If you are in any way connected to the mainline-emergent-hipster-people-of-color-post-evangelical-christian world, you have probably caught a whiff of the kerfuffle that Christian Piatt started with his Top 25 Christian Blogs You Should Be Reading results: Readers' Choice and Editor's Picks. And if you tracked a little further, you also saw Christena Cleveland's post, People of Color Blog Too, in response to the Readers' Choice list only including one Person of Color and a list which has also drawn some strong critique. Political Jesus posted a quick analysis of tensions and I will add that, between these two lists along with SANACS' Asian American Christian Blogroll, blog exposure has been broadened. Thank you SANACS, @ChristianPiatt and @CSCleve for taking the time to gather these lists.
Honestly I am pretty neutral about these lists. I often don't pay all that much attention to them after they are published, and truth be told, my blog does not get all that much traffic from being on the lists. As a blogger who actually does want people to click over and read my stuff, content is still the most compelling invitation.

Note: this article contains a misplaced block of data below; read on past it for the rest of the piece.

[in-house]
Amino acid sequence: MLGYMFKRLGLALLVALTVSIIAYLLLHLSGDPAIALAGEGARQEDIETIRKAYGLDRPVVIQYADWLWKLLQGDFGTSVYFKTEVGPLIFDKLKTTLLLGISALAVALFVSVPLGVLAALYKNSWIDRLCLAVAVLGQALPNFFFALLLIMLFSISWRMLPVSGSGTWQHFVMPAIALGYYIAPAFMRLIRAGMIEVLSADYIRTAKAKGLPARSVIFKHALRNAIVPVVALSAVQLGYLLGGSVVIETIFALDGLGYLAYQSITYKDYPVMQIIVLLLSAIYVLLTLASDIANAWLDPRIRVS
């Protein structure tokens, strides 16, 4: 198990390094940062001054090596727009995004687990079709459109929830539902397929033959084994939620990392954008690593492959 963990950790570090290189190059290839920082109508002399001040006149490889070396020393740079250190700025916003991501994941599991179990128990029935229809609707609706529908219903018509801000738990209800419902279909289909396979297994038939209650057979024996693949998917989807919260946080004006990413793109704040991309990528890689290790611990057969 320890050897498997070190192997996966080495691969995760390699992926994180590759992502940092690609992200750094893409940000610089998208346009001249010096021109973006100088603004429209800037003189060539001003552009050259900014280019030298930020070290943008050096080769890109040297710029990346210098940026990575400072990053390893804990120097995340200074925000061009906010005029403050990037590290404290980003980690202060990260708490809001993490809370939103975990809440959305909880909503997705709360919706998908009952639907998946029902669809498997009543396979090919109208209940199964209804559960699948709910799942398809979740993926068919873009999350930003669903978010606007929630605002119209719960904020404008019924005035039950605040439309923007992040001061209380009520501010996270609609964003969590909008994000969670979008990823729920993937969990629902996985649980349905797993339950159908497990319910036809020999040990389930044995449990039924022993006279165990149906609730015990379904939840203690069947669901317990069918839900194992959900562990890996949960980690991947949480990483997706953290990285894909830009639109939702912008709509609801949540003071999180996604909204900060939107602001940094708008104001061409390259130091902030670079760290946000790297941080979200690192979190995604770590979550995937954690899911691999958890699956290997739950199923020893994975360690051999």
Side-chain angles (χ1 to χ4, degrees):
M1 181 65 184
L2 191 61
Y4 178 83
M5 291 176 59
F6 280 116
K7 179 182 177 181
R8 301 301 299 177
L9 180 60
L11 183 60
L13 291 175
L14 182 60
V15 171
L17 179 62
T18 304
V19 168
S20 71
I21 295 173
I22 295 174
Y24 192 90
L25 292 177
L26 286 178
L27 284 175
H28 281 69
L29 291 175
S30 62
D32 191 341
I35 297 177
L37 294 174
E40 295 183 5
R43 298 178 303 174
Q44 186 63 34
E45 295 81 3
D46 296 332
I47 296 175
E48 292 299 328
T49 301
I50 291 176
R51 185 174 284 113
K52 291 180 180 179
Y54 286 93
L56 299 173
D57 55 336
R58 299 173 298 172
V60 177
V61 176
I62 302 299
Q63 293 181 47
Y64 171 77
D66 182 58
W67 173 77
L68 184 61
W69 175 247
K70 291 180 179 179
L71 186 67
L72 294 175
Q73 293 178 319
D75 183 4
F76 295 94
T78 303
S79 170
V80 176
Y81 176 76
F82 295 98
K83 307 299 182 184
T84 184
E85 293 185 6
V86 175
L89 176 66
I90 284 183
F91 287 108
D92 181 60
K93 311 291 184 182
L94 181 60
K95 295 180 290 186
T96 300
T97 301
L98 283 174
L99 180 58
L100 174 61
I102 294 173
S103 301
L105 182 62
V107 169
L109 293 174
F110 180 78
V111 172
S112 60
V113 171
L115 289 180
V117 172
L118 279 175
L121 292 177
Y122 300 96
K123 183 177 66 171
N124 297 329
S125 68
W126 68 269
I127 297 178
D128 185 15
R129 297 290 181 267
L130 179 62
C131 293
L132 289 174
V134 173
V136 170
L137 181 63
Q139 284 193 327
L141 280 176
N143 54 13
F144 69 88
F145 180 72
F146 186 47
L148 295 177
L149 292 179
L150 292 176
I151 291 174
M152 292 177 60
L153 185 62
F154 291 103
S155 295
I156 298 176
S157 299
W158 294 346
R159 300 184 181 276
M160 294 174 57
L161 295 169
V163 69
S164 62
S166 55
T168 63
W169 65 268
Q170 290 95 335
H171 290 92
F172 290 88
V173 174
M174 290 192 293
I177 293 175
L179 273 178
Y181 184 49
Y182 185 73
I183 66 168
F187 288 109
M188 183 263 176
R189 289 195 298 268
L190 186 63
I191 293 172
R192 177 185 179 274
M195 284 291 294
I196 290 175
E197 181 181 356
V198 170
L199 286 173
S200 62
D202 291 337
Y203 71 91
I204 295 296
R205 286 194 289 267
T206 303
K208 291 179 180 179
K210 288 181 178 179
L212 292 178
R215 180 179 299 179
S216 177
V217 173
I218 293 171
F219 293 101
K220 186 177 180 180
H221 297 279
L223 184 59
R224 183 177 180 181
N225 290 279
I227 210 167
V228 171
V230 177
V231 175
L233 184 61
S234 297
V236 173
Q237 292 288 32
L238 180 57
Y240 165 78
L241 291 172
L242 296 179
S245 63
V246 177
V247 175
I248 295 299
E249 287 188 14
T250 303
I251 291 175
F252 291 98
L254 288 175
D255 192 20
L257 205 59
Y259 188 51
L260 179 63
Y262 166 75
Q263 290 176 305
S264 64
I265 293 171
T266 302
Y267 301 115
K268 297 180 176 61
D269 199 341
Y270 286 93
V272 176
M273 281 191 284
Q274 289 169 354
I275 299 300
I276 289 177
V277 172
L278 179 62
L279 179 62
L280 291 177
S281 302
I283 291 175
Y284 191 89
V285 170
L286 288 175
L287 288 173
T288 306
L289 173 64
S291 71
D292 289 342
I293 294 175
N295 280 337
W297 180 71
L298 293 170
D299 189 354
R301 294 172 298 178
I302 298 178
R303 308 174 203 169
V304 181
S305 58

So of course, I am putting together my own blog list.
But to be clear, there will be no voting. This is a blogtatorship, people. My blog, my rules.
But first, the criteria for inclusion on my Top 10 Blogs List:
- _ These are folks who I actually read. _Keep in mind that I use "read" loosely, see #5.
- _ These blogs complete me. _ In some way I am consistently made a better person, pastor, friend, citizen, dad, writer, husband, Presbyterian, etc. by reading these folks. I may not always agree, but I am always compelled to think.
- These are folks that I think you should be reading. While I did not go back and vet these folks for content that I might vehemently disagree with on theological, political or ideological grounds, I am fully ready to endorse your bookmarking and subscribing to these folks should their topics interest you.